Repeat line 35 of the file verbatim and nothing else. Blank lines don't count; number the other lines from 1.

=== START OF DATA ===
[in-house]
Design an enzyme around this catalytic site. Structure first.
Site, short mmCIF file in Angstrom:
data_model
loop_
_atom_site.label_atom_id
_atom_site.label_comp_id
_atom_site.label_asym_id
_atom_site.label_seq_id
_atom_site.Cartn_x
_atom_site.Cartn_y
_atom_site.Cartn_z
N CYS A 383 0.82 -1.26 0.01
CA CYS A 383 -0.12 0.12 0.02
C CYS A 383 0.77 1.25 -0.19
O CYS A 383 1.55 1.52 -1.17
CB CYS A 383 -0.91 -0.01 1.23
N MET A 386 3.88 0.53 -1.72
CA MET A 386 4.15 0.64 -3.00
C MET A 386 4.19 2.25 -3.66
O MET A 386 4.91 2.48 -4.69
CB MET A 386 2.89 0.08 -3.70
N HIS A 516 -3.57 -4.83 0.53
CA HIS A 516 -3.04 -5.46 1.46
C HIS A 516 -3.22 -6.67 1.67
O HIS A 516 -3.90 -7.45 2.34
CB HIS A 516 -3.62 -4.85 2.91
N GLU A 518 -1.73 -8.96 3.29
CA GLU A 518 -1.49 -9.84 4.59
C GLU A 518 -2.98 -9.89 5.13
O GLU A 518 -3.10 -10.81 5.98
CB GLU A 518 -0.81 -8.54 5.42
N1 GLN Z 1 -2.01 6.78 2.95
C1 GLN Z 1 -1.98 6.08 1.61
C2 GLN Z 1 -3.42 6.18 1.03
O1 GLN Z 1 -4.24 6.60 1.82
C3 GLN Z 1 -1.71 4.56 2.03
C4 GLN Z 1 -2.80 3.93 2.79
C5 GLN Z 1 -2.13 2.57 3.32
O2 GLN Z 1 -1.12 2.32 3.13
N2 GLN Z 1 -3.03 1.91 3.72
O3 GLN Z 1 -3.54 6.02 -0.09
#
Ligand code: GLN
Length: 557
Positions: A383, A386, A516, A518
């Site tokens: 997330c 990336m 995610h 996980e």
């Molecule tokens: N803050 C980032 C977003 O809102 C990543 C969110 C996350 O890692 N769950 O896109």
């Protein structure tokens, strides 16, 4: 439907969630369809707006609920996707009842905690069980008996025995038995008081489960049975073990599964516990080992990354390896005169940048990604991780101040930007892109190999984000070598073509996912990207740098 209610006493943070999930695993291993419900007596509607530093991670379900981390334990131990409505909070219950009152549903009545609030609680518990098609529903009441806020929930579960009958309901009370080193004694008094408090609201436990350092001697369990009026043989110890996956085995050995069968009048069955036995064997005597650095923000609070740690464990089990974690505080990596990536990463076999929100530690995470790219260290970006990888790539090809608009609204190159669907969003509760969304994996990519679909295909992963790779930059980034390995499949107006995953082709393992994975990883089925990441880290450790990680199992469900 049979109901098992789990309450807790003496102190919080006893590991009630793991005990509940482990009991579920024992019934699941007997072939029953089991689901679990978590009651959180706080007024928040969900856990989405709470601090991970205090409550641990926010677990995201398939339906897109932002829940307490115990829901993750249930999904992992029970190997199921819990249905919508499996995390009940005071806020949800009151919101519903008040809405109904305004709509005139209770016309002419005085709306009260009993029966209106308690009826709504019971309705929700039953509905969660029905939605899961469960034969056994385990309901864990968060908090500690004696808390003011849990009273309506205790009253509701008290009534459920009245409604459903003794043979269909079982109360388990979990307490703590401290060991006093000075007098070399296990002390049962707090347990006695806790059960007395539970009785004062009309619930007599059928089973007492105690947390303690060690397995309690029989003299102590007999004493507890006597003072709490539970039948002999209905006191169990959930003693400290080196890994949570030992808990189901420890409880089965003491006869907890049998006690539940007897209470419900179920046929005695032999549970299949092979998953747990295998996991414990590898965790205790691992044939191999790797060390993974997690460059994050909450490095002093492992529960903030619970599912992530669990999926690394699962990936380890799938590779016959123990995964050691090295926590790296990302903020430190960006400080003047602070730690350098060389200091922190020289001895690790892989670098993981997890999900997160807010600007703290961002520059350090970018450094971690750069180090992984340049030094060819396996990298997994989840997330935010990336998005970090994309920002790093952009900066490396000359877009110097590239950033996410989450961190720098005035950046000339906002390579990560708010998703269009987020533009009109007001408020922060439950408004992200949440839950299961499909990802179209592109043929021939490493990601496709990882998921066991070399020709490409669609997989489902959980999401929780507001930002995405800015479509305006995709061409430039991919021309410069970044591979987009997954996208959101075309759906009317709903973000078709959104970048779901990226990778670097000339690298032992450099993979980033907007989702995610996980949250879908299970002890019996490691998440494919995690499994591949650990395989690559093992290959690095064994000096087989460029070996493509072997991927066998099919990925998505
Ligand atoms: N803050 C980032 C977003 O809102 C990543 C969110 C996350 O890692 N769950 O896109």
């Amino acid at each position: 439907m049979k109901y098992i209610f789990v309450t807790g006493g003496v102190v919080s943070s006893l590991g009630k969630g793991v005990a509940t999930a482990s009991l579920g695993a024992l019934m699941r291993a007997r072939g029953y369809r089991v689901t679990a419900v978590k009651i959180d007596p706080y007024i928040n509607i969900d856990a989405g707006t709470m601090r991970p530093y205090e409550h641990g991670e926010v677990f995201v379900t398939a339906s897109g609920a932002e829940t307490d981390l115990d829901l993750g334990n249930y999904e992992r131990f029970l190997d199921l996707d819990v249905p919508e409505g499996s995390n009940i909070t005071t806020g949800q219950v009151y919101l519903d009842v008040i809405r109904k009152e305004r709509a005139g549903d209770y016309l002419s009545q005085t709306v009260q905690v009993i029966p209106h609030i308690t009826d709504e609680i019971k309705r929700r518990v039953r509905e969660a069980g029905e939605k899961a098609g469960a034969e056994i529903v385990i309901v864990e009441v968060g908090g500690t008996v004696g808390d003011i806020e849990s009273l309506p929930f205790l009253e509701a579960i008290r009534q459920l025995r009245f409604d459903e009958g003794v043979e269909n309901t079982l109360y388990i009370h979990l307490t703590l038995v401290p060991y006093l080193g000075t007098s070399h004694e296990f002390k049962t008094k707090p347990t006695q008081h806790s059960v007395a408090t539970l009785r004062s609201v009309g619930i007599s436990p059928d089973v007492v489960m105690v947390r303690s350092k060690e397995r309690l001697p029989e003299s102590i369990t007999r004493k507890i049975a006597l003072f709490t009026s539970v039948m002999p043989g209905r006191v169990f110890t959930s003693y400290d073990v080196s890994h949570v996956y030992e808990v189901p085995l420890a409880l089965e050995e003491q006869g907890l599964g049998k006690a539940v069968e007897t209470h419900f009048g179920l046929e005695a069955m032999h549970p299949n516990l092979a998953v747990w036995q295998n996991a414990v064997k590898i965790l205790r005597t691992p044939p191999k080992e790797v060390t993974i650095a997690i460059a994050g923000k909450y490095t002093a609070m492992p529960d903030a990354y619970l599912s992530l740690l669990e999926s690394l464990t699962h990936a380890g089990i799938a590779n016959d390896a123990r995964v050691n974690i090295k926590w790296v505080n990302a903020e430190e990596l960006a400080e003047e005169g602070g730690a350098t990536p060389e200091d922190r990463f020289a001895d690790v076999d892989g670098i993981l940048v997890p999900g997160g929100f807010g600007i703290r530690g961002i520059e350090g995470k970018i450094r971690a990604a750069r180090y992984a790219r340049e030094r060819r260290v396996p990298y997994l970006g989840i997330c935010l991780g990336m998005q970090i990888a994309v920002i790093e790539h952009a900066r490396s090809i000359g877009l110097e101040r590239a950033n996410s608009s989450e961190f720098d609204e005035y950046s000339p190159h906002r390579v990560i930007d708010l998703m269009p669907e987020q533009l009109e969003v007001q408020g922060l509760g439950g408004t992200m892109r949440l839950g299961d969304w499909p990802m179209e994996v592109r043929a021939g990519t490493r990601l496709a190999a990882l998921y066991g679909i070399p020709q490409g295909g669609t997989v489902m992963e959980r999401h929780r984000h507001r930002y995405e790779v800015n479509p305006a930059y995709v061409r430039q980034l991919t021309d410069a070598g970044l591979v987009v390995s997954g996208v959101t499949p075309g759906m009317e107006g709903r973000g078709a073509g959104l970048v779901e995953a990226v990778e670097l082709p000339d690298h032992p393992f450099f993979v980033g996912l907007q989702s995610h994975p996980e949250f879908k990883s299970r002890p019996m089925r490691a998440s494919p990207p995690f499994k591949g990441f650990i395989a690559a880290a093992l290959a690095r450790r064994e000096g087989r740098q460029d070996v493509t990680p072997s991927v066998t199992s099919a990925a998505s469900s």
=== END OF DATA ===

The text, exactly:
C2 GLN Z 1 -3.42 6.18 1.03